• You could have met with the overworked, underfunded prosecutors and investigators in the “Justice and Peace” unit of Colombia’s Prosecutor-General’s office (Fiscalía), to find out what their needs are – everything from manpower to security to the ability to uncover mass graves – and how the United States could be supporting them.
  • You could have met with relatives of civilians who were detained by the Colombian military, only to show up dead, presented as guerrillas killed in combat. Colombia has seen a rash of these “extrajudicial executions” in the past few years [PDF], and the Colombian Army’s Medellín-based 4th Brigade is alleged to be one of the worst offenders.
  • Medellín is the capital of a department (province) called Antioquia. In 2006 Antioquia, according to the UN, was fifth among Colombia’s 32 departments in production of coca, the plant used to make cocaine – more than 15,000 acres were detected there that year. Being in Medellín would have offered an opportunity to speak with coca-growing families, to find out why they chose to plant the crop, and what economic options remained after U.S.-funded spray planes fumigated them.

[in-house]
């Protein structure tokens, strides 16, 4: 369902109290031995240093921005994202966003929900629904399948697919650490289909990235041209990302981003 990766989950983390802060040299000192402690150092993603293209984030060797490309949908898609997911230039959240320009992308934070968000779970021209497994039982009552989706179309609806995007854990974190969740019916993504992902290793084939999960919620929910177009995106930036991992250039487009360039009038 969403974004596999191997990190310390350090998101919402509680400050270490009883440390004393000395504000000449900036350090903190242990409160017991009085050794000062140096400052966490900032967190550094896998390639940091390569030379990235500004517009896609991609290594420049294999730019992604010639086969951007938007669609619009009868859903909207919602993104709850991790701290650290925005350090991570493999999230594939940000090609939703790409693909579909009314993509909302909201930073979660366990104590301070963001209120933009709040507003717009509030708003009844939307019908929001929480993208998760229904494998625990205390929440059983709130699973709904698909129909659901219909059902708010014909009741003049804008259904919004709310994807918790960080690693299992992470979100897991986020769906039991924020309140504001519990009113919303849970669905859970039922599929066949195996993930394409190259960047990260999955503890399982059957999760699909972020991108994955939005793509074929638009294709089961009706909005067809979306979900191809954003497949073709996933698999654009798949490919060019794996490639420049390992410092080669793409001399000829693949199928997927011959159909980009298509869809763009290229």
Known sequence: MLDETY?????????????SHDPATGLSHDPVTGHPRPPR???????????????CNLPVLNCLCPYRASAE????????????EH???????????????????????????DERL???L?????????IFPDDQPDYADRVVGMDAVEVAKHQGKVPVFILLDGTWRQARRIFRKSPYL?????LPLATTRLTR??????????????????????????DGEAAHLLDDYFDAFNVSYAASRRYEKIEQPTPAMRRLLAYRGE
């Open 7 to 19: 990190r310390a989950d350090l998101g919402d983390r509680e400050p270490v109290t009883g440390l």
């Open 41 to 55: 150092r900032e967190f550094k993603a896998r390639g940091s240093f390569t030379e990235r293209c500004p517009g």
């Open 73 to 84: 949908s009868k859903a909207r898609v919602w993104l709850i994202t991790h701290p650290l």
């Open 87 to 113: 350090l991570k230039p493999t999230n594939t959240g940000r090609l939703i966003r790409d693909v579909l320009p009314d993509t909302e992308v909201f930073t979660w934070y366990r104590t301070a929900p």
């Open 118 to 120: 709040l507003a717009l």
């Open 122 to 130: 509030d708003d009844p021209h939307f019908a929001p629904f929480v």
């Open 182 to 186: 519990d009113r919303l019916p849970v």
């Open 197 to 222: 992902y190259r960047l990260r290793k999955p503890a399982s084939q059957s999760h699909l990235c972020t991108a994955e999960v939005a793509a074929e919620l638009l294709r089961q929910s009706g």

• You could have met with members of indigenous nations living just a few hours’ drive from Medellín, such as the Embera-Katío. Beset by the conflict and by people who would evict them to profit from their land, these nations’ cultures, languages and traditions face the very real possibility of extinction.
  • You could have spoken to Medellín’s ombudsman (Personería) or to respected NGOs like the Popular Training Institute (IPC) to get an overview of the city’s complex security situation, including concerns that new armed groups, fueled by the drug trade, may be asserting themselves in the poor barrios that ring the city.
  • You could have met with Medellín-based negotiators and accompaniers of the ongoing, promising peace process with the ELN guerrilla group. They would have explained the possibilities and challenges that these negotiations face, and how the United States could be supporting them.